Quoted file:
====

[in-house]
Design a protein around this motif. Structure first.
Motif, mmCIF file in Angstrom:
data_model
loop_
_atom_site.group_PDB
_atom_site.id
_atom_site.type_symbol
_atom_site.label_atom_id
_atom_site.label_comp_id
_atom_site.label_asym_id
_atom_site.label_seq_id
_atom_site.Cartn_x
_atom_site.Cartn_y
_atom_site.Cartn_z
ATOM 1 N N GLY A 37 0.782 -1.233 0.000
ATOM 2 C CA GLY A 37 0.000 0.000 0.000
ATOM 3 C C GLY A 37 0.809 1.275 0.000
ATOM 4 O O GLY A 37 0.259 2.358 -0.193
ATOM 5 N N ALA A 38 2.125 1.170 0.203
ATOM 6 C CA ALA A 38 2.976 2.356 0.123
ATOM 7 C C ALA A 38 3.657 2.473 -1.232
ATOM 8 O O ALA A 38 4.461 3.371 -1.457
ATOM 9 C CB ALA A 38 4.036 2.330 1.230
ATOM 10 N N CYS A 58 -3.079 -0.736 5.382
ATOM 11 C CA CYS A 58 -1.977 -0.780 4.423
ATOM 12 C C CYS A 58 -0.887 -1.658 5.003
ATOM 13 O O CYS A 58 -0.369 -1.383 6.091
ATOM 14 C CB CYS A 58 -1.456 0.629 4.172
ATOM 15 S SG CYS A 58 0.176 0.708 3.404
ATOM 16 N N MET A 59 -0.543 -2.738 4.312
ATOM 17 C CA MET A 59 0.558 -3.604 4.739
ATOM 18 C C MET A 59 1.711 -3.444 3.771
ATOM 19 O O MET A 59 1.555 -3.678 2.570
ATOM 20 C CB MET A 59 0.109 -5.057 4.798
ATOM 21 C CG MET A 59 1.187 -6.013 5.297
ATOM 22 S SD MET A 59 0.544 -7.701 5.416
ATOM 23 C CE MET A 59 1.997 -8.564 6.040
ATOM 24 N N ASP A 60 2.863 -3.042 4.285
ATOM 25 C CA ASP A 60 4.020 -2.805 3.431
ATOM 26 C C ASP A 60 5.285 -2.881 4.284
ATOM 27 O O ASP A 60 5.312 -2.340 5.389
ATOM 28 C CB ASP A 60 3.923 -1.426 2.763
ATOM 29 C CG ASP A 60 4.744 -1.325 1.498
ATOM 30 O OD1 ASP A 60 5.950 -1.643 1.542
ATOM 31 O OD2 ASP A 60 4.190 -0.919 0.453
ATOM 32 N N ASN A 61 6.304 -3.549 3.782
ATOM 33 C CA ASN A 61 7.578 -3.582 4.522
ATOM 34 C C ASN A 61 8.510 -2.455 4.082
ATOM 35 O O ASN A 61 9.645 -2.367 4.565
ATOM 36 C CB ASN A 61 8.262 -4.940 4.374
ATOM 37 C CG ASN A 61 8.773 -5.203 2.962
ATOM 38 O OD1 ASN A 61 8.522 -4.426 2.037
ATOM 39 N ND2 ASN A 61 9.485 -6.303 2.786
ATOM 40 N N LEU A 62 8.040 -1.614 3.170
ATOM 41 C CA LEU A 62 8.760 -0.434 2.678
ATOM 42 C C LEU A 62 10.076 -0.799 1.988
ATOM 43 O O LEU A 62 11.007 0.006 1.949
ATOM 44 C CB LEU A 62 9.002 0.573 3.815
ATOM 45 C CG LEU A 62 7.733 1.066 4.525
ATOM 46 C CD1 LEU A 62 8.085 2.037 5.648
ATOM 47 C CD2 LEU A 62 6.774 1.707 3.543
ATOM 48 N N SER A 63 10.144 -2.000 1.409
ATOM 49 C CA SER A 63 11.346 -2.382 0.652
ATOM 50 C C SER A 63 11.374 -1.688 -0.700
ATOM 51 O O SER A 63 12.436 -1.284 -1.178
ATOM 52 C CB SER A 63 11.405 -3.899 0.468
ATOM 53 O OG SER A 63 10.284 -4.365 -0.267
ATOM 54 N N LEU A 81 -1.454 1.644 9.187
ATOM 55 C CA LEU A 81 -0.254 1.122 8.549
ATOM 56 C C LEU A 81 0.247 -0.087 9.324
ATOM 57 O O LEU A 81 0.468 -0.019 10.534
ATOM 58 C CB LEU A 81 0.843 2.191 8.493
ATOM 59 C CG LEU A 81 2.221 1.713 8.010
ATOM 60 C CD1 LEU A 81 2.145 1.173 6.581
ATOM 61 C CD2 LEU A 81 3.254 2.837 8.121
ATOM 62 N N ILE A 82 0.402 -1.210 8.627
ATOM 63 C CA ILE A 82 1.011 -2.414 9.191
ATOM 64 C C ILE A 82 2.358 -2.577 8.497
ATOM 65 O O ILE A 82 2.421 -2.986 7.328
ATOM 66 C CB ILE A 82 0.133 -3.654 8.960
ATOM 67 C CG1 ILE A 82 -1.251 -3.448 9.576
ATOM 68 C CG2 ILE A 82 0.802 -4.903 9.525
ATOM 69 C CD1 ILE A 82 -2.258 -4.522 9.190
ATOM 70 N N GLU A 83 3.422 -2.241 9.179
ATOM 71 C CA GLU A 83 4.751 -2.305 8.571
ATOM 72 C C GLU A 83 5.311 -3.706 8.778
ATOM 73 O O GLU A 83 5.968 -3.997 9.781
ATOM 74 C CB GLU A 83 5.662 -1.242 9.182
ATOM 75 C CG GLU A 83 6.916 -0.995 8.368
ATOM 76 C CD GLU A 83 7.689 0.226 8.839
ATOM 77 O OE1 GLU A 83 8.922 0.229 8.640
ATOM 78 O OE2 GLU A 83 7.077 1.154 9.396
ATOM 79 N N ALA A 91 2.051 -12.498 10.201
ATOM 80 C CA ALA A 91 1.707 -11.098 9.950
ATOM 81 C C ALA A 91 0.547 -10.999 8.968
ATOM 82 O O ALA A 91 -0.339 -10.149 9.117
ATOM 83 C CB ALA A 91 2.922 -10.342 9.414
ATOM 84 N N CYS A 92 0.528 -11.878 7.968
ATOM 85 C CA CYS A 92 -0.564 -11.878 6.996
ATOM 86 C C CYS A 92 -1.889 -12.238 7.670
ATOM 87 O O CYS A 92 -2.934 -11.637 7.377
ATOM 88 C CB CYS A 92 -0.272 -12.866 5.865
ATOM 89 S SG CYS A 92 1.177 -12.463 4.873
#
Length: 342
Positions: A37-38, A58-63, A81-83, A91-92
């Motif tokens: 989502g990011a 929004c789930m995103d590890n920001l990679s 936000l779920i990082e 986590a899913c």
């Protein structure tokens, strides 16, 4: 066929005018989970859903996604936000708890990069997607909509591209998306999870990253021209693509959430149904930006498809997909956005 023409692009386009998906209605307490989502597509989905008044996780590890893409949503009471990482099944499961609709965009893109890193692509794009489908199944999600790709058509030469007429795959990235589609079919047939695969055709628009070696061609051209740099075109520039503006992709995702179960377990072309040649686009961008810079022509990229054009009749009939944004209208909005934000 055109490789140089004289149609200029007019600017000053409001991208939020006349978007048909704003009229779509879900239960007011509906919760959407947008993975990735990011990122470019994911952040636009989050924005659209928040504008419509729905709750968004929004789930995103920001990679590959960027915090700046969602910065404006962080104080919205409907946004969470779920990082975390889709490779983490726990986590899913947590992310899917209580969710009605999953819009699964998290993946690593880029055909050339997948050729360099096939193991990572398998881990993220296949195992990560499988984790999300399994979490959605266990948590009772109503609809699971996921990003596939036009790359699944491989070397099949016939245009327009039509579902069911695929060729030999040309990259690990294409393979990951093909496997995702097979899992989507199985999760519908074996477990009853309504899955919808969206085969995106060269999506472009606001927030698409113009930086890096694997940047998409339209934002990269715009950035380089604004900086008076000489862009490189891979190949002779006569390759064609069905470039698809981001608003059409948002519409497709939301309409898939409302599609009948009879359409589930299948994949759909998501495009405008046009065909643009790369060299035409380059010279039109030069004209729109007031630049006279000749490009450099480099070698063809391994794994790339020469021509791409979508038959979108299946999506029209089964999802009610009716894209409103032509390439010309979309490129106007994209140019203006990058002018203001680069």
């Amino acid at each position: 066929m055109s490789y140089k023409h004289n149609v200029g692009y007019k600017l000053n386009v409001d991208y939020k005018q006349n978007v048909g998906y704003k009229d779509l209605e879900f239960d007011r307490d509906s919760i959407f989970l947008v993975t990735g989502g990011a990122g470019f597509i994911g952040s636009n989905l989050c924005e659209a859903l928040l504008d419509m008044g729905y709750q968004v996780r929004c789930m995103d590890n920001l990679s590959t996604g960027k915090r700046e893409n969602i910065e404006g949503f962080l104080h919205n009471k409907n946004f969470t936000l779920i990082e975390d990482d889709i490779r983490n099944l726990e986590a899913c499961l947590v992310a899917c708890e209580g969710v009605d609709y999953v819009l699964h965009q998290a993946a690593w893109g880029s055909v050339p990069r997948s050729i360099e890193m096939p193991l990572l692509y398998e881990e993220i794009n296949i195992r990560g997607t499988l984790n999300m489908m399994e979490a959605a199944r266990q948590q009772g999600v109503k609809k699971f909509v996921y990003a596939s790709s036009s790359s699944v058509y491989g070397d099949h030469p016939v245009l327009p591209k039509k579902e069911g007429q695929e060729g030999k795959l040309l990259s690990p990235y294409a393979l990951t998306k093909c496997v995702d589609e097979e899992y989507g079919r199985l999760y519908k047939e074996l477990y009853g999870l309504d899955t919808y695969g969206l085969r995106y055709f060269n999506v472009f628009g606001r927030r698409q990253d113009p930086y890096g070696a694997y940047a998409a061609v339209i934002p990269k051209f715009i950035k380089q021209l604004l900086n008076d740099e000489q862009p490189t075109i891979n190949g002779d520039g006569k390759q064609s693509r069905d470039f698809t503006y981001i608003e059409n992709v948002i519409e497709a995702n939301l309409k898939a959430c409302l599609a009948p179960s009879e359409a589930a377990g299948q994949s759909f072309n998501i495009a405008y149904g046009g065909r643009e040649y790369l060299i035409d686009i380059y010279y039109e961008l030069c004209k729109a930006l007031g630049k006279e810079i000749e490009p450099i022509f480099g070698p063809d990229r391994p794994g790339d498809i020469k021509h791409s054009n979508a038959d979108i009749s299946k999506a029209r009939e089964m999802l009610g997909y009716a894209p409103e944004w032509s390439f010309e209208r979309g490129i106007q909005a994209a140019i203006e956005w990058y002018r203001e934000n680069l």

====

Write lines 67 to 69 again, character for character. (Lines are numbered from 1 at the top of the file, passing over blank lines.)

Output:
ATOM 52 C CB SER A 63 11.405 -3.899 0.468
ATOM 53 O OG SER A 63 10.284 -4.365 -0.267
ATOM 54 N N LEU A 81 -1.454 1.644 9.187